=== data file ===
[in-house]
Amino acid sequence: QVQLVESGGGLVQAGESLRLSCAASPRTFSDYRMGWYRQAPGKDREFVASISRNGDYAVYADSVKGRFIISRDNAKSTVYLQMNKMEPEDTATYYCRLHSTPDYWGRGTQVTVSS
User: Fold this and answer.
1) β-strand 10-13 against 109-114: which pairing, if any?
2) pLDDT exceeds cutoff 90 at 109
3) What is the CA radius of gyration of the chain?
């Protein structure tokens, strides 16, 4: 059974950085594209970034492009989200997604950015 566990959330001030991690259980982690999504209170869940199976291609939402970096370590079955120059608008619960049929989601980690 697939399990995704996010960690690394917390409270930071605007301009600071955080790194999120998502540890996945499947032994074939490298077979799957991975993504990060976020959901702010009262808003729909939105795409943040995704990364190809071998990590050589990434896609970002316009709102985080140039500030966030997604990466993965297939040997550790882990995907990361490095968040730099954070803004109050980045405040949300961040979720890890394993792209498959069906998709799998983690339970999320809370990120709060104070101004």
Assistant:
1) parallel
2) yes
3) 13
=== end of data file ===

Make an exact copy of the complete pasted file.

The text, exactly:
[in-house]
Amino acid sequence: QVQLVESGGGLVQAGESLRLSCAASPRTFSDYRMGWYRQAPGKDREFVASISRNGDYAVYADSVKGRFIISRDNAKSTVYLQMNKMEPEDTATYYCRLHSTPDYWGRGTQVTVSS
User: Fold this and answer.
1) β-strand 10-13 against 109-114: which pairing, if any?
2) pLDDT exceeds cutoff 90 at 109
3) What is the CA radius of gyration of the chain?
């Protein structure tokens, strides 16, 4: 059974950085594209970034492009989200997604950015 566990959330001030991690259980982690999504209170869940199976291609939402970096370590079955120059608008619960049929989601980690 697939399990995704996010960690690394917390409270930071605007301009600071955080790194999120998502540890996945499947032994074939490298077979799957991975993504990060976020959901702010009262808003729909939105795409943040995704990364190809071998990590050589990434896609970002316009709102985080140039500030966030997604990466993965297939040997550790882990995907990361490095968040730099954070803004109050980045405040949300961040979720890890394993792209498959069906998709799998983690339970999320809370990120709060104070101004």
Assistant:
1) parallel
2) yes
3) 13